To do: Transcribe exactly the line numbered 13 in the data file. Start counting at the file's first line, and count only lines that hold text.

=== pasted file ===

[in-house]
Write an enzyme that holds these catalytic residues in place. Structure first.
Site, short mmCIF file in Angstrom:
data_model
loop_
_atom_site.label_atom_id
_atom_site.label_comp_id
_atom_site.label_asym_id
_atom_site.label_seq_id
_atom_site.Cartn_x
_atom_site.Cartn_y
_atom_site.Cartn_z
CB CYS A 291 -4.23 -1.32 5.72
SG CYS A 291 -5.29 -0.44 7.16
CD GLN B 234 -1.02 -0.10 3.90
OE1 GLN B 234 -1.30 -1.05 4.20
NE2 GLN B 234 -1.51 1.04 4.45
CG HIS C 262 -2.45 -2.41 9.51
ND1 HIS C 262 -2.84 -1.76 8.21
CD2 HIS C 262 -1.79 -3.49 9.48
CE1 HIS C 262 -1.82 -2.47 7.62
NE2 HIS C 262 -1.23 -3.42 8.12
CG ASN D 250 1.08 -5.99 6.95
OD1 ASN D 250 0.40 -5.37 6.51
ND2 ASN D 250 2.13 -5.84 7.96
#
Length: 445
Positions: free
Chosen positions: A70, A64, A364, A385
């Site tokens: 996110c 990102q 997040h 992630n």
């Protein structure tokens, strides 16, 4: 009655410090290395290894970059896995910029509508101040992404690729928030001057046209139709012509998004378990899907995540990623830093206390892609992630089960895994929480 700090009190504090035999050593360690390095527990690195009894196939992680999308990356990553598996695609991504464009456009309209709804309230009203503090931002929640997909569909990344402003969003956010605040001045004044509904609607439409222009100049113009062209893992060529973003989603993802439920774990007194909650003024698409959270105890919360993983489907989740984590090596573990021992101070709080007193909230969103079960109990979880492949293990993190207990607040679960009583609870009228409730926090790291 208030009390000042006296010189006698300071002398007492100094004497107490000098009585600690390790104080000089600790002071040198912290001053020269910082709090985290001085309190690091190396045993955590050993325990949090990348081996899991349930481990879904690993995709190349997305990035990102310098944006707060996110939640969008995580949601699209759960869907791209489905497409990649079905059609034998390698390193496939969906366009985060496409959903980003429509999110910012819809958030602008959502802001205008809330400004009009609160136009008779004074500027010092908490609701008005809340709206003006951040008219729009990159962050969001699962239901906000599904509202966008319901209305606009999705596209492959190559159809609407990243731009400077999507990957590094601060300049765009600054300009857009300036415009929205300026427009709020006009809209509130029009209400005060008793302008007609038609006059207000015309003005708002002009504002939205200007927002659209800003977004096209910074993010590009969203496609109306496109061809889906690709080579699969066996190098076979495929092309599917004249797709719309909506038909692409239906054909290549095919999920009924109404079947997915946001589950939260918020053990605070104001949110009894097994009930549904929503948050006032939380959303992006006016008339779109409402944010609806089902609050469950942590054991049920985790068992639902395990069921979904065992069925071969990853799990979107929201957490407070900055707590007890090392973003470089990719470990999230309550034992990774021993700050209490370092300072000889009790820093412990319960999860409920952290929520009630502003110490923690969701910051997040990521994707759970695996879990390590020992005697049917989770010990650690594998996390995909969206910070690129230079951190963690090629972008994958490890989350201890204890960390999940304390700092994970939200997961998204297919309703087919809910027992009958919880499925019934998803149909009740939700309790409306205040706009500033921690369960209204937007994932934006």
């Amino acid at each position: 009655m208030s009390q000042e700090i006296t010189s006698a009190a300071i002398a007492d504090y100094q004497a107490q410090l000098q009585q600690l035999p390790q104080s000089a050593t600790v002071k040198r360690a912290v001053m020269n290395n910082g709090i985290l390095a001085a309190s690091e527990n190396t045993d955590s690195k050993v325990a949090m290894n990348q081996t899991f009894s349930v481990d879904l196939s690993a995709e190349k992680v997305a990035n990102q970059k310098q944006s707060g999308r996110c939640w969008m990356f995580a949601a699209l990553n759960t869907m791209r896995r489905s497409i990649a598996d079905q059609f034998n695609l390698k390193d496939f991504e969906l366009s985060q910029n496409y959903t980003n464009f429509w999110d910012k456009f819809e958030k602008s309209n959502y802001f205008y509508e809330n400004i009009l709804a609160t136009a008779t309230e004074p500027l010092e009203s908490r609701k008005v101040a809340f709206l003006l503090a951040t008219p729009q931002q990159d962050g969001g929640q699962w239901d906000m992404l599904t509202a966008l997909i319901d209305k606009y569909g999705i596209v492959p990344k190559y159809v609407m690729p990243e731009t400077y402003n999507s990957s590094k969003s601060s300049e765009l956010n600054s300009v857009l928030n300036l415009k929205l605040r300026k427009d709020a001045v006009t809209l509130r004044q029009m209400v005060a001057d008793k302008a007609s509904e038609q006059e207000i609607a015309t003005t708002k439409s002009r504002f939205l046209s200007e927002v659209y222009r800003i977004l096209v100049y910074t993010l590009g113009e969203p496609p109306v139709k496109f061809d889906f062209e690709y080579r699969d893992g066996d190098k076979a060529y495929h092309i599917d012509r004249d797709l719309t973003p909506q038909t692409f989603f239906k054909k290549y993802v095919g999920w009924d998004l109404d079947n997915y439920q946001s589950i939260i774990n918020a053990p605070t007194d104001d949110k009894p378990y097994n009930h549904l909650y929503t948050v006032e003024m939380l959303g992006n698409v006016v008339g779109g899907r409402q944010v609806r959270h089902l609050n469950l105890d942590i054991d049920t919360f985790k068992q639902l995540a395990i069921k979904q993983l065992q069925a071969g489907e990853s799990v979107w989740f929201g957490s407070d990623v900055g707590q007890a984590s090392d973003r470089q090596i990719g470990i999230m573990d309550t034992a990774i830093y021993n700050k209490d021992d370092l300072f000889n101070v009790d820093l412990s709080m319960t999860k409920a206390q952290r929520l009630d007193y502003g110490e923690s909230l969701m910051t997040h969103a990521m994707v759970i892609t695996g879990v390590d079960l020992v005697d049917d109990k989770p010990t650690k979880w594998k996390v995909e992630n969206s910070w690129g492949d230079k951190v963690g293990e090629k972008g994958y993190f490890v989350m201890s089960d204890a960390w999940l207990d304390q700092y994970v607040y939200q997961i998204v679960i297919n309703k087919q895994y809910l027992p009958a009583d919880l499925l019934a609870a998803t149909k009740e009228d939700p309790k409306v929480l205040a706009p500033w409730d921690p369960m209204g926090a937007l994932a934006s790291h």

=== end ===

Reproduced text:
CB CYS A 291 -4.23 -1.32 5.72